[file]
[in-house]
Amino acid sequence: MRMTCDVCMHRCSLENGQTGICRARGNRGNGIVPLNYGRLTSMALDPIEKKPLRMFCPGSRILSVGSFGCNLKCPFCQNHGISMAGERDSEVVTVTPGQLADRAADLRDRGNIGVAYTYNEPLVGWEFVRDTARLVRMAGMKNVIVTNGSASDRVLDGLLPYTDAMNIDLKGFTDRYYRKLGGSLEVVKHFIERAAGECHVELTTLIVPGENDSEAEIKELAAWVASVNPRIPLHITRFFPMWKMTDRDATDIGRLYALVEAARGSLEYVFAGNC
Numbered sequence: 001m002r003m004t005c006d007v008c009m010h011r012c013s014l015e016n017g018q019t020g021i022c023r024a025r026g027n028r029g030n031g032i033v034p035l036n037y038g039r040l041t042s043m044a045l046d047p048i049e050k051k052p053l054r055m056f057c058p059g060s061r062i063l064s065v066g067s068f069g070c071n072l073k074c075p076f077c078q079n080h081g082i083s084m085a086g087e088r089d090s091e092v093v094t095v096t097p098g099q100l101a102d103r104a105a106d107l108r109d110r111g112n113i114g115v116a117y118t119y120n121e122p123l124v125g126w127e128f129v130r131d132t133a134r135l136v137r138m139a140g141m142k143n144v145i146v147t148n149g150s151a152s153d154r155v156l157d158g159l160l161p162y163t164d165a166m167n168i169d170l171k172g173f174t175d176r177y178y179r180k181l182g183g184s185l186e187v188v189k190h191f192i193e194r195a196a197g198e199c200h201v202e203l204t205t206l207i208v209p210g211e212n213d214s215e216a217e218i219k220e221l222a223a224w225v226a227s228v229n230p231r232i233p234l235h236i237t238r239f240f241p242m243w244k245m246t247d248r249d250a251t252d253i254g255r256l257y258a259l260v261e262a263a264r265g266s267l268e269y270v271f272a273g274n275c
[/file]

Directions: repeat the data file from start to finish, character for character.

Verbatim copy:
[in-house]
Amino acid sequence: MRMTCDVCMHRCSLENGQTGICRARGNRGNGIVPLNYGRLTSMALDPIEKKPLRMFCPGSRILSVGSFGCNLKCPFCQNHGISMAGERDSEVVTVTPGQLADRAADLRDRGNIGVAYTYNEPLVGWEFVRDTARLVRMAGMKNVIVTNGSASDRVLDGLLPYTDAMNIDLKGFTDRYYRKLGGSLEVVKHFIERAAGECHVELTTLIVPGENDSEAEIKELAAWVASVNPRIPLHITRFFPMWKMTDRDATDIGRLYALVEAARGSLEYVFAGNC
Numbered sequence: 001m002r003m004t005c006d007v008c009m010h011r012c013s014l015e016n017g018q019t020g021i022c023r024a025r026g027n028r029g030n031g032i033v034p035l036n037y038g039r040l041t042s043m044a045l046d047p048i049e050k051k052p053l054r055m056f057c058p059g060s061r062i063l064s065v066g067s068f069g070c071n072l073k074c075p076f077c078q079n080h081g082i083s084m085a086g087e088r089d090s091e092v093v094t095v096t097p098g099q100l101a102d103r104a105a106d107l108r109d110r111g112n113i114g115v116a117y118t119y120n121e122p123l124v125g126w127e128f129v130r131d132t133a134r135l136v137r138m139a140g141m142k143n144v145i146v147t148n149g150s151a152s153d154r155v156l157d158g159l160l161p162y163t164d165a166m167n168i169d170l171k172g173f174t175d176r177y178y179r180k181l182g183g184s185l186e187v188v189k190h191f192i193e194r195a196a197g198e199c200h201v202e203l204t205t206l207i208v209p210g211e212n213d214s215e216a217e218i219k220e221l222a223a224w225v226a227s228v229n230p231r232i233p234l235h236i237t238r239f240f241p242m243w244k245m246t247d248r249d250a251t252d253i254g255r256l257y258a259l260v261e262a263a264r265g266s267l268e269y270v271f272a273g274n275c